Taking aim at recent work on Les Yeux sans visage, Curtis Bowman suggests that we eschew political interpretations of Franju's film, at least in the first instance, in favour of explanations "in terms that are available to us from our everyday lives."
Three recent commentators, including Reynold Humphries in his contribution to the current issue of Kinoeye, have sought to find political significance in Georges Franju's Les Yeux sans visage (Eyes Without a Face, 1959). It would be foolhardy simply to deny such meaning to Franju's strange masterpiece, but this viewer finds these commentators' claims unconvincing and irrelevant to understanding the film and its effects on the audience. I shall briefly sketch out a few doubts about these political readings; then I shall attempt to explain the film in non-political terms.
Is the history of Nazism relevant?
Given that Les Yeux sans visage appeared in 1959, there is some initial plausibility in considering the film not only in the context of France's wartime experience, but also in light of her efforts to retain control of her colonial empire in the post-war period. History, after all, can make its way into works of art. But interpreting this (or any) film in an historical light must make sense within the dramatic context of the plot; otherwise, we introduce irrelevant considerations into our understanding of it.
Joan Hawkins notes that Dr Génessier (Pierre Brasseur) describes his actions to his daughter using a phrase that was also found in the racially charged language of French anti-Semitism:
Dr Génessier mutilates women in order to restore to his daughter her true face, "ton vrai visage," he tells Christiane [Edith Scob]. But "vrai visage" is the term that French Nazi sympathizers used during the war to describe French racial and national purity... And the question here, as in occupied France, is precisely how many people must be removed, how many people must be tortured and killed, to "restore" a true French face—a "vrai visage" that is always, it seems, constructed from the skin of the Other.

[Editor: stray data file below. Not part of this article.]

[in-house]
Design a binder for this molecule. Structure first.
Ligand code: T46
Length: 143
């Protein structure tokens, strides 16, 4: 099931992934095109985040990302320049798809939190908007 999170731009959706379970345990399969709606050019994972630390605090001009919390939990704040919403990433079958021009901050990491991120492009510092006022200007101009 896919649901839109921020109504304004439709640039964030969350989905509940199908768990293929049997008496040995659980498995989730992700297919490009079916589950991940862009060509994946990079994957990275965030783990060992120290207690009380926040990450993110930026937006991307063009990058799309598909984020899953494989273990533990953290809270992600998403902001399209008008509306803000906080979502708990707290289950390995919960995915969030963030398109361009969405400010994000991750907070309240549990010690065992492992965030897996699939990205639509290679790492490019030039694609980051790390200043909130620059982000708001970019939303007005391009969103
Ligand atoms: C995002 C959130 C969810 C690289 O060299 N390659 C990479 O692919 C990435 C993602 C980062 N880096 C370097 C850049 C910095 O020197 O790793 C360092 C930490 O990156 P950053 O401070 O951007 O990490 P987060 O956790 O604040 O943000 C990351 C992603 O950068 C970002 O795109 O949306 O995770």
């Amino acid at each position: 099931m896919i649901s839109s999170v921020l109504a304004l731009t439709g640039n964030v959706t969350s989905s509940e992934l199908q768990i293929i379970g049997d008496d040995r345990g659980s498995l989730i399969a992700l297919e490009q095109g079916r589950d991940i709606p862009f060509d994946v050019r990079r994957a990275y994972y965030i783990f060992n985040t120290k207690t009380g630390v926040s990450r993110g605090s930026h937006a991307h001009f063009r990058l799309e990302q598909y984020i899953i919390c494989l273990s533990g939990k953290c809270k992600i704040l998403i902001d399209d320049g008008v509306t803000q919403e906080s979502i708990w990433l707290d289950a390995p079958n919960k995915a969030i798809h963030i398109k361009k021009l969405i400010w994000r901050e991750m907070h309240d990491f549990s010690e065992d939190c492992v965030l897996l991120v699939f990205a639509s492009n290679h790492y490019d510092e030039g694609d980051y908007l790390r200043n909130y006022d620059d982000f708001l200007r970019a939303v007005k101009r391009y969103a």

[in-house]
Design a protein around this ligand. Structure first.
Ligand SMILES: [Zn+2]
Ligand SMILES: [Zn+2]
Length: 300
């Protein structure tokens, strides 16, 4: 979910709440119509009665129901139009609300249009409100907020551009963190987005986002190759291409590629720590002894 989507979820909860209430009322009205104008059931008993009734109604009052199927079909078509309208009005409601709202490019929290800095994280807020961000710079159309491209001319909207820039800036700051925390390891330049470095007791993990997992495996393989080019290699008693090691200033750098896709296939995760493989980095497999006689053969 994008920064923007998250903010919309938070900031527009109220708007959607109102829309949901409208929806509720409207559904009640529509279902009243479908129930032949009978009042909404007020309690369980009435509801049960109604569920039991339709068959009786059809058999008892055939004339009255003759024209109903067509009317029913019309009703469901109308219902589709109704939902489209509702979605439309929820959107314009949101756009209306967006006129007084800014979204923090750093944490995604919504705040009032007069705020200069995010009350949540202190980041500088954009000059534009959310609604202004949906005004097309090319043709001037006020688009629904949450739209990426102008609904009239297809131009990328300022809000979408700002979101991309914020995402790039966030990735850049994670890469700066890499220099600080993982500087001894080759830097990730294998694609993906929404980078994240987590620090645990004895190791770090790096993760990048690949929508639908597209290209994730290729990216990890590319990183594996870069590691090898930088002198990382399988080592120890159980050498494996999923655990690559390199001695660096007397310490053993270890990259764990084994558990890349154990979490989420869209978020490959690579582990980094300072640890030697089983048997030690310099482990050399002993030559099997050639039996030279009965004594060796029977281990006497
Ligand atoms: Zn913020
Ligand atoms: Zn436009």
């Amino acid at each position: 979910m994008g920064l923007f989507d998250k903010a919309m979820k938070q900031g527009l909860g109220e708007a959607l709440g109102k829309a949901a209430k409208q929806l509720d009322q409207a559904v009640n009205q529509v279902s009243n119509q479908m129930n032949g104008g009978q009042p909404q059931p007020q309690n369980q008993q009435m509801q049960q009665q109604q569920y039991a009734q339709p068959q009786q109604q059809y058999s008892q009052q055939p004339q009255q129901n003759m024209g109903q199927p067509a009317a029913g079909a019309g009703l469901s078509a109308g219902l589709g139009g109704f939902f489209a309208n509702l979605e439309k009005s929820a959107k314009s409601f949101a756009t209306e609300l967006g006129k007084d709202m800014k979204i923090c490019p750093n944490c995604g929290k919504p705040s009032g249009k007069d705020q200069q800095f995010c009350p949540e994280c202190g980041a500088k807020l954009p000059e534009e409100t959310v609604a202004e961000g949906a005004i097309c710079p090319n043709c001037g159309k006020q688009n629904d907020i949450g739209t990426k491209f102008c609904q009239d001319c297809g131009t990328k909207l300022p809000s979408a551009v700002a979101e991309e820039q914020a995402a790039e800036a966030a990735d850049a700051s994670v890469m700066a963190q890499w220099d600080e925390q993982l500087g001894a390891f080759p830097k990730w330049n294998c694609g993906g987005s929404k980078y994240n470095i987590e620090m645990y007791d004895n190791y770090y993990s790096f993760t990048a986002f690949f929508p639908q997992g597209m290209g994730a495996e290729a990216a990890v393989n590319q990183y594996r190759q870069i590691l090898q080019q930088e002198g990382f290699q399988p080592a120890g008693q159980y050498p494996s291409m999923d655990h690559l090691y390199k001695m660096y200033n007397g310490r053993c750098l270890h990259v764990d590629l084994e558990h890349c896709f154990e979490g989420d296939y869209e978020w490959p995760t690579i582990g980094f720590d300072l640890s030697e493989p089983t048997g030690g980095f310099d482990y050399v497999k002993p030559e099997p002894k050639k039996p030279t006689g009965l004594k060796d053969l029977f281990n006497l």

Is there any significance to this shared phrase? Does drawing a parallel between Dr Génessier and French Nazis illuminate any aspect of the film?
Dr Génessier is a genuine scientist developing new surgical techniques in order to reconstruct his daughter's face, whereas French Nazi sympathizers subscribed to an anti-Semitic worldview that was based on pseudo-scientific racial theories intended to legitimate the extermination of the Jewish people. Why should we associate his actions with those of the French Nazis, except for the obvious fact that both parties are guilty of committing horrible deeds? Even if viewers are reminded of France's collaboration in perpetrating the Holocaust, the horror aroused by Dr Génessier's actions can be adequately explained without reference to that wartime experience. He does not attempt to restore a true French face to his daughter; he attempts to restore his daughter's face to his daughter, and he does so with a clinical detachment (in the infamous surgery scene) that greatly disturbs us.
We even know how Christiane should look, since we see a portrait of her that was painted before the accident that destroyed her face; therefore, the doctor's actions are not in the service of some fantasy, contrary to those of anti-Semites during the war. There is no need to draw historical parallels to explain our horror at his actions. In themselves they suffice to horrify us.
Adam Lowenstein also sees parallels between the film and the war. He writes, "The cruel operation suggests Nazi medical experiments, while the dogs recall the animals belonging to the occupying soldiers." We might be put in mind of Nazi medical experiments, but what difference does it make if we are? How is the thought of Nazi doctors relevant to understanding the surgery scene? Such thoughts shed no light on Dr Génessier's motives. Furthermore, they are not required to explain why his actions disturb us. Once again, Dr Génessier's actions are sufficiently disturbing on their own terms. As for the dogs in Dr Génessier's laboratory, they are the victims of his experiments, not the instruments of oppressors; and thus they should not bring to mind the guard dogs of an occupying army. To see the doctor's dogs in this light is to misunderstand their role in the film.
An apolitical heterograft